Same Song, Different Singer, New Lyrics
But the argument for using a travel agent is basically the same as we have been reporting for years. In 2011's "Travel Agents: The Dinosaur You Might Just Need," Gadling sang a similar song, noting, "A travel agent is 'your friend' in the travel business. They are your friend who knows what is going on in the travel industry." That is still true now.
What is different now and builds a stronger case for using a travel agent is how cruise lines are operating. As they continue to differentiate themselves from one another, cruise line pricing has become more sophisticated, offering more fare codes that have more requirements and qualifiers than ever. Keeping up with pricing policies alone can be a full-time job, something click-to-buy options fail miserably at considering and consumers simply don't have the time to do effectively.
Try It For Yourself
The idea of using a real travel agent as opposed to an Internet cruise broker is going to take an investment of time. Finding a good agent can be as simple as following the recommendation of a trusted friend or relative. But what if we don't know anyone who uses a travel agent? Where can we find a good one?
A good start for finding a travel agent would be your local Better Business Bureau or even a local sourcing option like Angie's List. Good search results for a travel agency would be ones with plenty of activity but very few, if any, complaints. Another option would be the Cruise Lines International Association (CLIA) website, which lists agencies and the agents associated with them along with their credentials. Their Cruise Expert Finder brings a list of local agencies.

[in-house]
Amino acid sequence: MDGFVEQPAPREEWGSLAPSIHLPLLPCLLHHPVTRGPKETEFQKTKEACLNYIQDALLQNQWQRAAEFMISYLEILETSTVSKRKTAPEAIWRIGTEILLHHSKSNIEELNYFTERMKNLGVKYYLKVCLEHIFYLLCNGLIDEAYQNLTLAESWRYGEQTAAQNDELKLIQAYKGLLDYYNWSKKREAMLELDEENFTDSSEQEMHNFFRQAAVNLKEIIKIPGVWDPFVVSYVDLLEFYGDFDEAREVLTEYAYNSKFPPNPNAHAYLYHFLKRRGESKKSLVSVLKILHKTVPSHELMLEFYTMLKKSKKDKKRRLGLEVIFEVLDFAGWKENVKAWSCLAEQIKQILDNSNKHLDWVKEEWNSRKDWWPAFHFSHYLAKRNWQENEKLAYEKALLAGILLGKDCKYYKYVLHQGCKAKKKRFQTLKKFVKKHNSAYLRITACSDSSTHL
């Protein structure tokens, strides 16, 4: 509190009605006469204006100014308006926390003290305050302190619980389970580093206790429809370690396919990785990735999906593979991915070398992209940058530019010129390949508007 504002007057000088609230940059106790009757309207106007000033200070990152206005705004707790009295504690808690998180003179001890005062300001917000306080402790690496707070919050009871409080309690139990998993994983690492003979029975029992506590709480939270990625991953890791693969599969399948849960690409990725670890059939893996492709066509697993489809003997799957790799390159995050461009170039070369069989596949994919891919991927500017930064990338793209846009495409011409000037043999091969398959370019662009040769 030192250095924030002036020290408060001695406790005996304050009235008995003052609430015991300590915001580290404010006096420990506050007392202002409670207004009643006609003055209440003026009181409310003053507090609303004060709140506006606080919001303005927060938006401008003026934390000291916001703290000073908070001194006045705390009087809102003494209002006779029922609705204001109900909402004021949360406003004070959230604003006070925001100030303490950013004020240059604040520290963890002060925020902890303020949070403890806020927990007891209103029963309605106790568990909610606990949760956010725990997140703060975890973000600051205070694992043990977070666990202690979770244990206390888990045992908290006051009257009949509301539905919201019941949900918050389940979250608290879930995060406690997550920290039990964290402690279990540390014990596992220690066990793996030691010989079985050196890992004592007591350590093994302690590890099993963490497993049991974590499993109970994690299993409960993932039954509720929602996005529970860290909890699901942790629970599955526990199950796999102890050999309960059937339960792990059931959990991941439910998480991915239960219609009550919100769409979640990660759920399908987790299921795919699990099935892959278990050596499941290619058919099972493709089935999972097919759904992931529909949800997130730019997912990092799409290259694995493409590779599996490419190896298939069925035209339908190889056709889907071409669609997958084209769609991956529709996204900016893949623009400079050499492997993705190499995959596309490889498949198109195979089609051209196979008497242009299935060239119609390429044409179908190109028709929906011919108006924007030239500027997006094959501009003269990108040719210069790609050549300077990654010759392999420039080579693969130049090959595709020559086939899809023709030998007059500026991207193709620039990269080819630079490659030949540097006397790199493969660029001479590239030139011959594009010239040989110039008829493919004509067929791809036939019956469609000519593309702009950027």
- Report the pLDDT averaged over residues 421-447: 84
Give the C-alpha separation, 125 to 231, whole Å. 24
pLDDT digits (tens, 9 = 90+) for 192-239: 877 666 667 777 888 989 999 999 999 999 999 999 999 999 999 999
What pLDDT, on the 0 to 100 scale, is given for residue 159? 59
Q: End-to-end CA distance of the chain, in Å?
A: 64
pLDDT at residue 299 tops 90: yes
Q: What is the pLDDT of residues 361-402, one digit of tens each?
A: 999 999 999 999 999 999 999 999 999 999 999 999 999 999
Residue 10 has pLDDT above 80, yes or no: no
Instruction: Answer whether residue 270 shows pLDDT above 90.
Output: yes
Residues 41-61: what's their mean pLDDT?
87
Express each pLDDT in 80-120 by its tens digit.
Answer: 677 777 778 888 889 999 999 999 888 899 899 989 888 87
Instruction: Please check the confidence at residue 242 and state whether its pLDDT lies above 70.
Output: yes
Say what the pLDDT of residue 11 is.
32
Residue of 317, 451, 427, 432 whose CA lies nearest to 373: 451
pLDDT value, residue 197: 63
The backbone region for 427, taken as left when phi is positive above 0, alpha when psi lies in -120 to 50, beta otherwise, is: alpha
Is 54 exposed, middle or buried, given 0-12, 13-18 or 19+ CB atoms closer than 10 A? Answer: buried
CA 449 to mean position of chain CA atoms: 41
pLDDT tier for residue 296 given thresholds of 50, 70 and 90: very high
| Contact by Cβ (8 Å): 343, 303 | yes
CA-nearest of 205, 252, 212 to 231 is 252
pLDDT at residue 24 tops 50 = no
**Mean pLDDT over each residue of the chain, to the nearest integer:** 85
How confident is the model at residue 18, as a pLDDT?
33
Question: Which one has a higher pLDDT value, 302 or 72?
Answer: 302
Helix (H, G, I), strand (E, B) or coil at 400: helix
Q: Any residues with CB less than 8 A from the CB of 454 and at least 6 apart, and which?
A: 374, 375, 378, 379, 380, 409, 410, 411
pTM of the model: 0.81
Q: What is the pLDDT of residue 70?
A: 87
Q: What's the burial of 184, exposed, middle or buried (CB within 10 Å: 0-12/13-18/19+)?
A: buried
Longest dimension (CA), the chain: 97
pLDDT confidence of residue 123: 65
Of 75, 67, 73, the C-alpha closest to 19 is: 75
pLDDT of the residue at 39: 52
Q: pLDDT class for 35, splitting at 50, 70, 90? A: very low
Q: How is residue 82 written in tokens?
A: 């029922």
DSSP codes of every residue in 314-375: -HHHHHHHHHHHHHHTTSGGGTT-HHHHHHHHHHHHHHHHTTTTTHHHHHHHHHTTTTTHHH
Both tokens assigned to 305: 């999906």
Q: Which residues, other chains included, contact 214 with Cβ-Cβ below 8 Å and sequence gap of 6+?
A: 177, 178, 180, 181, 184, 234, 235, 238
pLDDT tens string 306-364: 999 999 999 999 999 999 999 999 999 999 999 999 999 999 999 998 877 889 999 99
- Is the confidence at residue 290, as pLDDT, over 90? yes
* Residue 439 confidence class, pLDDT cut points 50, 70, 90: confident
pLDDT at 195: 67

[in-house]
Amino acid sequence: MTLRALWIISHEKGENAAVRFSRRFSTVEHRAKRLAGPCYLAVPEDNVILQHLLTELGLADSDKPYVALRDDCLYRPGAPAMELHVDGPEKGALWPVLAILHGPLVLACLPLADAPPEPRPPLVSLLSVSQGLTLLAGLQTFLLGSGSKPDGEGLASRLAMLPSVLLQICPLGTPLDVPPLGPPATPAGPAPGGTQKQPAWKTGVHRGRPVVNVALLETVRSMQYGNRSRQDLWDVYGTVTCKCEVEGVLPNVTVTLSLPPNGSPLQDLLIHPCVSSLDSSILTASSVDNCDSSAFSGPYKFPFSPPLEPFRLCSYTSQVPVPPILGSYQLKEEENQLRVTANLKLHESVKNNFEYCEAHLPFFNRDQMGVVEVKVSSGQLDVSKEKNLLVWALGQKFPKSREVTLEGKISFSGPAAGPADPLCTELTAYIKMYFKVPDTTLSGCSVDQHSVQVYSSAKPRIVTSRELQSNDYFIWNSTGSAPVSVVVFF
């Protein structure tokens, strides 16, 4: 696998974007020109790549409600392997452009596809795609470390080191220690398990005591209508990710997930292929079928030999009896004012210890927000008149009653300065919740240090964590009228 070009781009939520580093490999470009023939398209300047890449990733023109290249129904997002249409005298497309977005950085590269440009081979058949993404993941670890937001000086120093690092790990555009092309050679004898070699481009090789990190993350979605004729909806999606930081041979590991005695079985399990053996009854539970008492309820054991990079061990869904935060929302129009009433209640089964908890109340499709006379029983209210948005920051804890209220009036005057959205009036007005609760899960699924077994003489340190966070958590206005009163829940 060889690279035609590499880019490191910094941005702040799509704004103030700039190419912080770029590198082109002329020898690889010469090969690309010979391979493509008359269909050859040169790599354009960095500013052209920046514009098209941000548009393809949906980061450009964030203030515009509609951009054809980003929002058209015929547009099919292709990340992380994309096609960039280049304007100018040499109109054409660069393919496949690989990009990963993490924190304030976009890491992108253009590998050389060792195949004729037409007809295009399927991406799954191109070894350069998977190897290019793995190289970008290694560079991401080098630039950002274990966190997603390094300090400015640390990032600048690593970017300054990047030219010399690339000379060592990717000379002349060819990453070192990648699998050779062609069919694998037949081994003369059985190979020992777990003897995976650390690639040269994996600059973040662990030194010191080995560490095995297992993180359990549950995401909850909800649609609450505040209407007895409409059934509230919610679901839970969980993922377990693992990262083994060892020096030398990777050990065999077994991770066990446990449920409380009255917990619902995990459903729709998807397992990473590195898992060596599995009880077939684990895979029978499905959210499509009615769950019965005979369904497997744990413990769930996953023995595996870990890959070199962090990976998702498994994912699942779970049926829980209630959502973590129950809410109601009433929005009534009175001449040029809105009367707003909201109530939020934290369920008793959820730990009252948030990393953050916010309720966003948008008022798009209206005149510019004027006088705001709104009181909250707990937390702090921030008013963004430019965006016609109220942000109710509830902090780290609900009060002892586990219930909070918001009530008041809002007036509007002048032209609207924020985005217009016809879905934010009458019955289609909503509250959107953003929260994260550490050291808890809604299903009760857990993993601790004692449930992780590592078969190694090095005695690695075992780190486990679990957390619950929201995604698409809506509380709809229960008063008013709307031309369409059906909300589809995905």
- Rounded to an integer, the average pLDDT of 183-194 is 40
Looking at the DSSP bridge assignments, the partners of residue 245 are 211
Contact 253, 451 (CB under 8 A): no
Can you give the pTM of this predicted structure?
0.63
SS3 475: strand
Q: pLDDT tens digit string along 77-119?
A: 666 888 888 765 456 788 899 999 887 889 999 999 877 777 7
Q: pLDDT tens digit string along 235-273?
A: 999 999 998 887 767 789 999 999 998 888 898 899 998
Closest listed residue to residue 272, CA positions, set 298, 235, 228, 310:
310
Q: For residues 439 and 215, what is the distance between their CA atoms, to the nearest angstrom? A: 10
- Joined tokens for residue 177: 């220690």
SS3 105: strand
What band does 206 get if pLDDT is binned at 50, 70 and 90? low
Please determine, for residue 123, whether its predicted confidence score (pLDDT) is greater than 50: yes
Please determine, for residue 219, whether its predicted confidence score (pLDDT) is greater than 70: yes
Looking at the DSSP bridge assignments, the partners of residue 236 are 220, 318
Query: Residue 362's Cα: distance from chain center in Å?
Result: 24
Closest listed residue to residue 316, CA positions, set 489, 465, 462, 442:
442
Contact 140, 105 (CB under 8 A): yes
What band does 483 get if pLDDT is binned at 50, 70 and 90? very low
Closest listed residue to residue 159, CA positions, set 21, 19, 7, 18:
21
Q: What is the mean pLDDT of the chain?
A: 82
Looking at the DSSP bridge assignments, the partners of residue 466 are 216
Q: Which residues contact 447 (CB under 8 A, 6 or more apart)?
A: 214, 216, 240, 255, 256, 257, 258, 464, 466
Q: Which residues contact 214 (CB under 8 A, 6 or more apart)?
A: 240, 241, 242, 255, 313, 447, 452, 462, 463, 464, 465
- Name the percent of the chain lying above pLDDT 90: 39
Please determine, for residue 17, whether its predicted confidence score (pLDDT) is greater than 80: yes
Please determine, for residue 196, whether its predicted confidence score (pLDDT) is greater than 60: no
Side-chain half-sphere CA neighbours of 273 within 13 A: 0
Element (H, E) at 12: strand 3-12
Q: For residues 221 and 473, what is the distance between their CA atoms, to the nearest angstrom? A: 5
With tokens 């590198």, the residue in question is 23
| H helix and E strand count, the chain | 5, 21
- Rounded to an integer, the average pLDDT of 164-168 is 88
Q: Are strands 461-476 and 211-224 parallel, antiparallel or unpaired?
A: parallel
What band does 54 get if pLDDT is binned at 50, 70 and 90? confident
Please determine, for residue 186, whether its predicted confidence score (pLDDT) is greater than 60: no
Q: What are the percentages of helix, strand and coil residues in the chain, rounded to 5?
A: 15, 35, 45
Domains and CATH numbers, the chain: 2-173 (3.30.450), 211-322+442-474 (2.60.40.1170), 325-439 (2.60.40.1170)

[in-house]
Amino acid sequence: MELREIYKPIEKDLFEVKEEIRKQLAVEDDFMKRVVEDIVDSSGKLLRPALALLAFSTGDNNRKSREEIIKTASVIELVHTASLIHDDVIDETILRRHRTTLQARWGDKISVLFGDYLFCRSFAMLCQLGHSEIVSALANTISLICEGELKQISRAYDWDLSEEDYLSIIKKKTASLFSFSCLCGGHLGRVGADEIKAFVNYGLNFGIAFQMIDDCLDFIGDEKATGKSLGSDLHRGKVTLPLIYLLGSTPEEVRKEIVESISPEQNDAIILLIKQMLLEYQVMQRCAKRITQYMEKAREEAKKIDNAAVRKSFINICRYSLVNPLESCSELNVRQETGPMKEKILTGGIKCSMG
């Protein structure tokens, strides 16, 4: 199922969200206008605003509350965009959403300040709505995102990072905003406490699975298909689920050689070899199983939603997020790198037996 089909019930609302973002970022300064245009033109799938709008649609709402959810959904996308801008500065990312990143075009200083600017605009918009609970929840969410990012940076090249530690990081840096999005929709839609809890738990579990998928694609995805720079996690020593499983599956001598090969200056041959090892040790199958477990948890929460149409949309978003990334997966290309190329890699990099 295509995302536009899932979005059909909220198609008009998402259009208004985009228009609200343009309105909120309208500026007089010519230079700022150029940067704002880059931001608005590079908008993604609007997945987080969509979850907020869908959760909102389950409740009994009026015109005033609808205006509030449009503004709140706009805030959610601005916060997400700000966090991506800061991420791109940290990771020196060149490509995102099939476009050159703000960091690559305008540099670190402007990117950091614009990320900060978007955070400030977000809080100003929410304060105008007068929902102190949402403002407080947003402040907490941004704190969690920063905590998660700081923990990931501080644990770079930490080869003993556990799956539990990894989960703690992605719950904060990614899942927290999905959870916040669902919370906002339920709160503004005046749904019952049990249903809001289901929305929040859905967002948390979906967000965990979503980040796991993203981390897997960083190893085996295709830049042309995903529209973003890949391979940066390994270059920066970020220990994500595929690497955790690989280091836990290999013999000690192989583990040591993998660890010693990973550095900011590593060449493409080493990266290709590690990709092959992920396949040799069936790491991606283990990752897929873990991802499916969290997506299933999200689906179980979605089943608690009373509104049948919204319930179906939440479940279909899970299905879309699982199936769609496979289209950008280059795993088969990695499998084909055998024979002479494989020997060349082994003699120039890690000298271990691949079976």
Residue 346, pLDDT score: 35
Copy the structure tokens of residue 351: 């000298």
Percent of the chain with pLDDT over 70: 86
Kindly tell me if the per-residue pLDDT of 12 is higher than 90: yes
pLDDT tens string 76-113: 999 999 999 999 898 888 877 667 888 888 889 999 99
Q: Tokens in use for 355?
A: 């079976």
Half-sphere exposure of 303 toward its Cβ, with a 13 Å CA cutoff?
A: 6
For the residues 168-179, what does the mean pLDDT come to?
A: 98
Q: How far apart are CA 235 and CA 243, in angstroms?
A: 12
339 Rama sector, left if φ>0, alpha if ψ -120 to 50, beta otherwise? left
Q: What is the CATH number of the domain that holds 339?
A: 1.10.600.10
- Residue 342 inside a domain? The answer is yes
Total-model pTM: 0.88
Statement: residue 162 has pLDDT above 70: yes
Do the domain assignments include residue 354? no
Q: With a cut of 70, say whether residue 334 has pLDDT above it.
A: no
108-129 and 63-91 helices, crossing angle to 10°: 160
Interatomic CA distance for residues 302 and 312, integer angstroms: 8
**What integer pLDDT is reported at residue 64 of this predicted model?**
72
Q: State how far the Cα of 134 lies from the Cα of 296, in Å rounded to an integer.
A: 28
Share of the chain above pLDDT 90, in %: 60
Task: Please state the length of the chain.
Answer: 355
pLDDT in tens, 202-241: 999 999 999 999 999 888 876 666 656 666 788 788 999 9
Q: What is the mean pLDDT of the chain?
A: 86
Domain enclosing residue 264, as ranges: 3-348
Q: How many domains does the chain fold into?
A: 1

To drive home the value of an agent, go to a price comparison website like CruiseCompete, pick a ship and sailing date at random, and begin the bidding process. At the same time, call a local agency, tell them you are trying to decide between using an agency to handle all your travel needs or simply using online booking sources to plan your travel. See what happens.
Odds are very high that the end result will be the beginning of a beneficial relationship yielding great savings over your lifetime and a richer travel experience too. Travel agents have a lot of "been there, done that" experience, helpful destination information and contacts of their own to share.
Not to discount online tools altogether in the travel buying equation – an online service similar to Airfarewatchdog called CruiseFish, which is independent of cruise lines or travel agencies, can help. CruiseFish is a price, stateroom and cruise monitoring system that does all the browsing for you and sends email alerts when prices change. The $.99 per listing fee may very well be worth the peace of mind buyers gain from knowing a third-party source is also looking out for them.
Yes, doing business with a live travel agent can yield the best results.
Yes too, stacking the deck in your favor can also be beneficial.
[Photo credit - Flickr user elmada]